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Minimalism with Kids; 5 Practical Steps to Make it Easy

So, your child’s bedroom is full of toys, clothes and clutter. You’re ready to simplify your home and start living with less, but is that even possible with kids? Today I am sharing how you can achieve minimalism with kids.

How to be a Minimalist with Kids

We have been experimenting with simple living and minimalism for the past three years.

I didn’t know when I began, but having my house completely over-run by toys, clothes and other random items was a large part of my stress and anxiety.

Once I started simplifying, decluttering and organizing I became a much more calm and relaxed person.

I could finally spend time with my family and relax without being distracted and feeling like I needed to get up and clean.

If that sounds like something you need in your life then what you need are the five steps below to discover that minimalism with kids is possible.

And actually pretty darn easy!

Practical Steps to Minimalism with Kids

Here’s the deal: Kids need stuff.

Plain and simple and anyone who tells you differently is not being completely honest.

Plus, there are a lot of items that make life easier….and I want those items. I am not about struggling through motherhood, just for the sake of “living with less”.

That being said, the majority of us have been convinced that we need ALL.THE.THINGS. and this isn’t true either.

The reality is that it’s possible to raise kids in a minimalist environment if you follow these simple steps.

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Minimalism with kids: family experiences over things. Family building blocks together.

1) Focus On Experiences Over Things

This is like the minimalist manifesto…..and it works!

Our culture (and marketing corporations) do such a good job of convincing us that the only thing kids want is stuff.

You know what kids really want? Attention from their parents!

Sure, they get excited when they open their gifts at Christmas or on their birthdays, but soon those toys are broken, forgotten or lost.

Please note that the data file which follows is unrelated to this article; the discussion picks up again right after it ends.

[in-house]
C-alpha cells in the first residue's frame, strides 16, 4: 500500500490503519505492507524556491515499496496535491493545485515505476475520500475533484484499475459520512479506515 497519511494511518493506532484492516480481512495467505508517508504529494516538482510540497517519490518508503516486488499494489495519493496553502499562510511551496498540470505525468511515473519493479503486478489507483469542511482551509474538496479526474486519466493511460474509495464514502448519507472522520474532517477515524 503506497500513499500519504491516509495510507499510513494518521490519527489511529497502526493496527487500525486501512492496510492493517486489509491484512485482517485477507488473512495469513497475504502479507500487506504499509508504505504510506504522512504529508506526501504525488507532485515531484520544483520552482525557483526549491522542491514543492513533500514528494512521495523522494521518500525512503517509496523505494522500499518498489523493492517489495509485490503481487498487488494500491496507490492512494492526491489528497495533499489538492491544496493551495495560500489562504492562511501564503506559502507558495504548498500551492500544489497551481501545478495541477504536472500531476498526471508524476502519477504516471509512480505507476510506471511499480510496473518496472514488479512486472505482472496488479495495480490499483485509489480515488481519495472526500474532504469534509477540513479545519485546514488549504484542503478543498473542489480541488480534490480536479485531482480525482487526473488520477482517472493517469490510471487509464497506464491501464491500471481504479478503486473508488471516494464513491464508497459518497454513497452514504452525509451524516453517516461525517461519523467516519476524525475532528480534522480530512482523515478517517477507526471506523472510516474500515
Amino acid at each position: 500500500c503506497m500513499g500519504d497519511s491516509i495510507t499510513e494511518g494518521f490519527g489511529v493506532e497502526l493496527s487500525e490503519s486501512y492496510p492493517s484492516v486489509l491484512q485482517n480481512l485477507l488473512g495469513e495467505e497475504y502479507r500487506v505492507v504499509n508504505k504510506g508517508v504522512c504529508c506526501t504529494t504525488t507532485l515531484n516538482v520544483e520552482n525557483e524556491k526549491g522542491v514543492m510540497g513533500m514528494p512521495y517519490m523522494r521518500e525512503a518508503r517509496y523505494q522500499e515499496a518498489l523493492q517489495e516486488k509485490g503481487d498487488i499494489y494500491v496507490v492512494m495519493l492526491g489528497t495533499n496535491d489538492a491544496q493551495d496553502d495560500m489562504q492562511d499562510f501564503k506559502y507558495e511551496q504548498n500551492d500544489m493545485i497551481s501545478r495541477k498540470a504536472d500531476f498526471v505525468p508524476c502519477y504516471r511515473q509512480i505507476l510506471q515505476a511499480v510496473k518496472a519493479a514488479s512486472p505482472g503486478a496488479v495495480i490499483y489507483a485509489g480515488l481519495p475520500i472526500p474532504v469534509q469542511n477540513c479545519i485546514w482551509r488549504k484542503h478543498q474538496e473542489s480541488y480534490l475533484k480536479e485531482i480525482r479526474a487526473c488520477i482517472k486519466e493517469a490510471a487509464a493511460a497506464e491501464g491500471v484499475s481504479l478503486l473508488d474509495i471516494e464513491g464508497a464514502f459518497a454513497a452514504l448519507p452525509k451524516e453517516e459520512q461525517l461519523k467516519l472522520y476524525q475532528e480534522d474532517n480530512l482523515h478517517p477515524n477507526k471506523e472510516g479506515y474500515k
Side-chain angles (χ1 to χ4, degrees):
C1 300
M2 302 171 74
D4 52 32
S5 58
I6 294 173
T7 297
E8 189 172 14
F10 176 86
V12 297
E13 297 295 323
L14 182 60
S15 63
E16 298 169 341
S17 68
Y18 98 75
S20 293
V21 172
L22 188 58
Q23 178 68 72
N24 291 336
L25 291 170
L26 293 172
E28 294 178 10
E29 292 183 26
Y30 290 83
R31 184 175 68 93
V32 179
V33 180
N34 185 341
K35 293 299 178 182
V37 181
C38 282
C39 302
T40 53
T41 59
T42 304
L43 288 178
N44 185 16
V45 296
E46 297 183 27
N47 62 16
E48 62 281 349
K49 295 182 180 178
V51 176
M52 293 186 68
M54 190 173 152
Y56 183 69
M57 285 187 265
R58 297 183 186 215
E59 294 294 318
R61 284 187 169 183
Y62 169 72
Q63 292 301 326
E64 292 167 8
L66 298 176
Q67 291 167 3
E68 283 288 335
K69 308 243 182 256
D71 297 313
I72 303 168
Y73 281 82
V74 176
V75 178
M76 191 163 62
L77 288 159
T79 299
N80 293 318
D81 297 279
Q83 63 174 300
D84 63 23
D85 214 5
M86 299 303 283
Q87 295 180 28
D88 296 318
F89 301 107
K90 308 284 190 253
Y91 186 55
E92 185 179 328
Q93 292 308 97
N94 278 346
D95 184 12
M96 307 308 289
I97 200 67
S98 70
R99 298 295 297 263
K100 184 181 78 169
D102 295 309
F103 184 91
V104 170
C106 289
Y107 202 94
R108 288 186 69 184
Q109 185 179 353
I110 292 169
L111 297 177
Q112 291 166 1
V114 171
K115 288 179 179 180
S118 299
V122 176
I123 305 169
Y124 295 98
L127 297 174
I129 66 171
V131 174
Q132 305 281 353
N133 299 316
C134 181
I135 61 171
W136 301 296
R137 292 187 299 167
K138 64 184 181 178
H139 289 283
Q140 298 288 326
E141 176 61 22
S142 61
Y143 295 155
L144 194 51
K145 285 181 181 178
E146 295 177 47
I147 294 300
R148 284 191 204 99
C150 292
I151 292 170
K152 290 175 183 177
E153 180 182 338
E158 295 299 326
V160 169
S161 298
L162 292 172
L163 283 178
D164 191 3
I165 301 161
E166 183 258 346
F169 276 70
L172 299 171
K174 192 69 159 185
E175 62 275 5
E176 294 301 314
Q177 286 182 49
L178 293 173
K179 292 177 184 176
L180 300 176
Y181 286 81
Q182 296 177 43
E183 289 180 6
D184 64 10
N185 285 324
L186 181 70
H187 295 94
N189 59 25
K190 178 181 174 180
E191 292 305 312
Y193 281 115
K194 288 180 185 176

However, the memories that are created from a family vacation, trip to the movies or an overnight camp out in the backyard last forever.

So, if you’re thinking of giving the minimalist lifestyle a try, start by replacing most gifts with family activities or adventures.

2) Start with Toy Rotation

So, you’re next question is probably going to be “Do minimalists have toys?”

Yes! They just have fewer of them and they are chosen with intention and open-ended play in mind.

If you are a regular family, your children probably already have WAY more toys than they need, but as tempting as it is to give them all away….don’t! (unless they are babies and won’t notice) Instead, you will want to do a through toy decluttering session and then set up a toy-rotation system.

This is the best way to gently transition your kids to a minimalist lifestyle while you greatly reduce the amount of toy clutter around the house.

RELATED POST: 10 Important Reasons Why you Need to Start a Toy Rotation

3) Create Kids Capsule Wardrobes

Do your kids always have clothes all over their rooms? Are you tired of always picking up their clothes and watching them meltdown when trying to decide what to wear?

Then you need to create a kids capsule wardrobe.

A capsule wardrobe is just a fancy way of saying a small set of clothes that are easy to mix and match. They make getting dressed easy for kids because everything goes together and it allows you to have less laundry to do and fewer clothes to fold and put away.

4) Shop with Intent and Purpose

How many times have you gone on a quick trip to Target with your kids and ended up with a cart full of items you didn’t plan on purchasing?

We have ALL been there!

Any shopping trip with children is a challenge. They will always see, want and “need” something from the store. In an effort to make them happy  or shop in peace and quiet, we give in and the next thing you know your house is full of stuff you don’t really need.

From now on, when you go shopping, make a list. It’s easy to erase all of your efforts at minimalism by making mindless purchases.